Christopherson, Sean J <sean.j.christopherson(a)intel.com> wrote:
Andy Lutomirski <luto(a)kernel.org> wrote:
> On Thu, May 11, 2017 at 9:56 PM, Huang, Kai <kai.huang(a)linux.intel.com>
> >>  Guests that steal sealed data from each other or from the host can
> >> manipulate that data without compromising the hypervisor by simply
> >> loading the same enclave that its rightful owner would use. If you're
> >> trying to use SGX to protect your crypto credentials so that, if
> >> stolen, they can't be used outside the guest, I would consider this to
> >> be a major flaw. It breaks the security model in a multi-tenant cloud
> >> situation. I've complained about it before.
> > Looks potentially only guest's IA32_SGXLEPUBKEYHASHn may be leaked? In
> > this case even it is leaked looks we cannot dig anything out just the
> > hash value?
> Not sure what you mean. Are you asking about the lack of guest
> Concretely, imagine I write an enclave that seals my TLS client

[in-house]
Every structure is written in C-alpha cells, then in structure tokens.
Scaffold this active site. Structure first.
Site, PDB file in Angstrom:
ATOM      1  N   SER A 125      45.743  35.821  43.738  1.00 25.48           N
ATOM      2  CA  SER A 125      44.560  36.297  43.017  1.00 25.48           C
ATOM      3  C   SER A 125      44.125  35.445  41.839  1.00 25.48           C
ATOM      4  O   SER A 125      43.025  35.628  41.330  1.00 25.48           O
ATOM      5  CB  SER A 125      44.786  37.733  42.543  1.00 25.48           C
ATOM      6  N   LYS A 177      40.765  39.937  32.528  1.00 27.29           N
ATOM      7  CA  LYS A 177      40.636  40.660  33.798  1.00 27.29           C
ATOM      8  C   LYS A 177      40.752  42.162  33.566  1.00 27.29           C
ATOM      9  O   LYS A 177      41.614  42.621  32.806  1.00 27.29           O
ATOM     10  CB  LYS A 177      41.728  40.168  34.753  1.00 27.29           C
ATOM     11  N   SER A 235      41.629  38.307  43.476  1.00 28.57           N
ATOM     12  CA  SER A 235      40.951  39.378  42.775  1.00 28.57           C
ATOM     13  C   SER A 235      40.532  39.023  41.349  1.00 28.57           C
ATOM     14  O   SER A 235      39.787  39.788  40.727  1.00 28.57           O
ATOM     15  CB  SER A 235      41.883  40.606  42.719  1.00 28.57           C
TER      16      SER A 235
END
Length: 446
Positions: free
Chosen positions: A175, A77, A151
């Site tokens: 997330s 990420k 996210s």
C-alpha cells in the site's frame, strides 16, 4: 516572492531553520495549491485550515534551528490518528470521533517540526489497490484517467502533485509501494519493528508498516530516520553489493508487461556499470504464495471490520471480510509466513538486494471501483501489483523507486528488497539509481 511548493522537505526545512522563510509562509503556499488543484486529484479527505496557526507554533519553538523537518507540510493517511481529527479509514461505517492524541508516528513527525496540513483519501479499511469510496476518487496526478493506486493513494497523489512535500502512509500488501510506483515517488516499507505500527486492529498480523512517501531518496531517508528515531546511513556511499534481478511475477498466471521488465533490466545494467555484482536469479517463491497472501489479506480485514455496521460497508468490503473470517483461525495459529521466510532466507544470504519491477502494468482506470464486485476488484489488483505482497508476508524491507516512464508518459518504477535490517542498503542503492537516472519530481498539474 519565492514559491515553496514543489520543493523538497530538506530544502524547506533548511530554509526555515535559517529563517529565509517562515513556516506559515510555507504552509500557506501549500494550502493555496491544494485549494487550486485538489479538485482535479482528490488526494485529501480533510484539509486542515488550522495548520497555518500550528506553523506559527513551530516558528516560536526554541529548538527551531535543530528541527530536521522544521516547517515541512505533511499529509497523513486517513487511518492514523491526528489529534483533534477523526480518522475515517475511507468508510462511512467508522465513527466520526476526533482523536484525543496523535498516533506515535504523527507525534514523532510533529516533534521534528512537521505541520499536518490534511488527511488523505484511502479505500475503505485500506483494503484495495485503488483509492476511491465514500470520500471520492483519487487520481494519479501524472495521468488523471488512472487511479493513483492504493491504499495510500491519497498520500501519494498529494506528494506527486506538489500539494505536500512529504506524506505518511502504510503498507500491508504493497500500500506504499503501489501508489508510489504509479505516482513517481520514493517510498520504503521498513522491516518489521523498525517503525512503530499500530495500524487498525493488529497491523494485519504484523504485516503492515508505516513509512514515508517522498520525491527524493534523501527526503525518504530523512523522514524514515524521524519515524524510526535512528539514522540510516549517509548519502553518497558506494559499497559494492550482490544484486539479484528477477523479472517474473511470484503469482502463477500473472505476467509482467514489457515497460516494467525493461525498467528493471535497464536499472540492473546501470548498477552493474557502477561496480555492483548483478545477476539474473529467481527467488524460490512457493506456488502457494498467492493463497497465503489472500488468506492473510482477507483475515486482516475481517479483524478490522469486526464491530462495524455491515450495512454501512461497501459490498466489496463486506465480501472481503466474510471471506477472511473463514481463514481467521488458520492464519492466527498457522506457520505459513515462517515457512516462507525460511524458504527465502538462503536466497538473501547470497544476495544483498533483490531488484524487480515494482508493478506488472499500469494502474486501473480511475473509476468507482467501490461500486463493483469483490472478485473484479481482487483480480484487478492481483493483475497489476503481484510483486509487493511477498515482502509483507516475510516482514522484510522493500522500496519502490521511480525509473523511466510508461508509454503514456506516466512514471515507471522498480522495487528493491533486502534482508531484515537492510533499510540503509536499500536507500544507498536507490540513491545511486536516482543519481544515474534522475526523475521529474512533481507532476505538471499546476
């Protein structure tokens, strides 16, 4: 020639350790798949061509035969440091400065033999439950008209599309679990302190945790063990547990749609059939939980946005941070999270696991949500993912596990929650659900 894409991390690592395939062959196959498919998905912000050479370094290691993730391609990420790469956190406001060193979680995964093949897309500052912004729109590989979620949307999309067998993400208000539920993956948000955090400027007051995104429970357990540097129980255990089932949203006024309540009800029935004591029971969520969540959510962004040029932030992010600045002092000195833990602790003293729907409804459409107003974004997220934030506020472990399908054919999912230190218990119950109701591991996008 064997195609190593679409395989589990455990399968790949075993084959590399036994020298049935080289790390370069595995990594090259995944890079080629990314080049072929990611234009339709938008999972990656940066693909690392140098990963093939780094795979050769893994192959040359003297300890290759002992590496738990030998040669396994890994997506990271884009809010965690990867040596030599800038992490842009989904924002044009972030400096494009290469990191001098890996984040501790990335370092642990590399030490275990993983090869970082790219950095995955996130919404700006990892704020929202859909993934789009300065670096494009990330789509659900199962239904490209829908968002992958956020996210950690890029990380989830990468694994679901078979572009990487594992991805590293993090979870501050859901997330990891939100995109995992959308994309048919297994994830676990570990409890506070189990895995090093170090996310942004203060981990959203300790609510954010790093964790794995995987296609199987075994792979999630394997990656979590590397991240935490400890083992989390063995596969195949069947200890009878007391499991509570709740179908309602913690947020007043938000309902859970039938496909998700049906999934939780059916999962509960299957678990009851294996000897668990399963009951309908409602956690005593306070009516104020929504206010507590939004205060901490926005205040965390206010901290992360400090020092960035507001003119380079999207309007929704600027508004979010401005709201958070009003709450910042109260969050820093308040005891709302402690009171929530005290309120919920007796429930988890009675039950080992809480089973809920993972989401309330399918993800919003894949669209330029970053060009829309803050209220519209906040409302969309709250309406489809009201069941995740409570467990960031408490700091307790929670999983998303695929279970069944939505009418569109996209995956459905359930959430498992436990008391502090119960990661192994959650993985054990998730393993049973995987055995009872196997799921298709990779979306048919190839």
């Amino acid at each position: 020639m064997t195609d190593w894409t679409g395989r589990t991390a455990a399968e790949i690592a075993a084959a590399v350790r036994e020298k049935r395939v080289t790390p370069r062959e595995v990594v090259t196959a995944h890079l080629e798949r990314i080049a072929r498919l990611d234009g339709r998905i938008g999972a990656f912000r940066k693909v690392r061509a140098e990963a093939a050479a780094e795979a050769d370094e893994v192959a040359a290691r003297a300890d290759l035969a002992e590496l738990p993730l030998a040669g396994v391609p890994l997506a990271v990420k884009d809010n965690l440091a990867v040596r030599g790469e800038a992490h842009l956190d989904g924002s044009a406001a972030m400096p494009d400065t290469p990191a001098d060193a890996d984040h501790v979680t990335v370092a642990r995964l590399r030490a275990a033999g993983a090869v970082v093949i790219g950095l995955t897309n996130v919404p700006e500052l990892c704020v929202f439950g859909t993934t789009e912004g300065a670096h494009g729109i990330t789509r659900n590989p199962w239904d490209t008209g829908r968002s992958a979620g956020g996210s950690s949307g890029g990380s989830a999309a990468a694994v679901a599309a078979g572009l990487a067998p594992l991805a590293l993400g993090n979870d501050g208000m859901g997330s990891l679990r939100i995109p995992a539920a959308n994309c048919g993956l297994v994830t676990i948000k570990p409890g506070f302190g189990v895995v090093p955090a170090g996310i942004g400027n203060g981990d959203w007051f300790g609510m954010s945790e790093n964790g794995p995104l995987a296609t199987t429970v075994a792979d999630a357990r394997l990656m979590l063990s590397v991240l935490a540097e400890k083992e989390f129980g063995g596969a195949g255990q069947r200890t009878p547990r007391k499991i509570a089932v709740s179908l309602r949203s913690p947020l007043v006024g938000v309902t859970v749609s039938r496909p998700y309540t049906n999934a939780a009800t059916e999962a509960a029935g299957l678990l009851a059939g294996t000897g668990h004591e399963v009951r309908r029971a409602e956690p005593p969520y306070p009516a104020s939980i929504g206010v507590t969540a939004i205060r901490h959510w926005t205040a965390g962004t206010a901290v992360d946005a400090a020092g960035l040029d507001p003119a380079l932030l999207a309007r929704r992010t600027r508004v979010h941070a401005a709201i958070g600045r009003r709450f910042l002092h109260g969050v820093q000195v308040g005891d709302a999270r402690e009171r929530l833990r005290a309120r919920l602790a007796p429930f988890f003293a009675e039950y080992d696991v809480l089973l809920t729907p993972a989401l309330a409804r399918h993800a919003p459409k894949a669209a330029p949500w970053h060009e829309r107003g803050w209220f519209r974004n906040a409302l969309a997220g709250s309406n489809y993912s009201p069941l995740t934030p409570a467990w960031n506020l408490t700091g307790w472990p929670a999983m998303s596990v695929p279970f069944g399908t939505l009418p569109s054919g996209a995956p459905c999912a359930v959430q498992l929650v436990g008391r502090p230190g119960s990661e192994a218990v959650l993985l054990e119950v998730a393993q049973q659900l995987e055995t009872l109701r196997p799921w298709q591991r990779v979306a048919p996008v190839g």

> certificate's private key and offers an API to sign TLS certificate
> requests with it. This way, if my system is compromised, an attacker
> can use the certificate only so long as they have access to my
> machine. If I kick them out or if they merely get the ability to read
> the sealed data but not to execute code, the private key should still
> be safe. But, if this system is a VM guest, the attacker could run
> the exact same enclave on another guest on the same physical CPU and
> sign using my key. Whoops!
I know this issue has been raised internally as well, but I don't know
the status of the situation. I'll follow up and provide any information
So, the key players are well aware of the value added by per-VM keys,
but, ultimately, shipping this feature is dependent on having strong
requests from customers.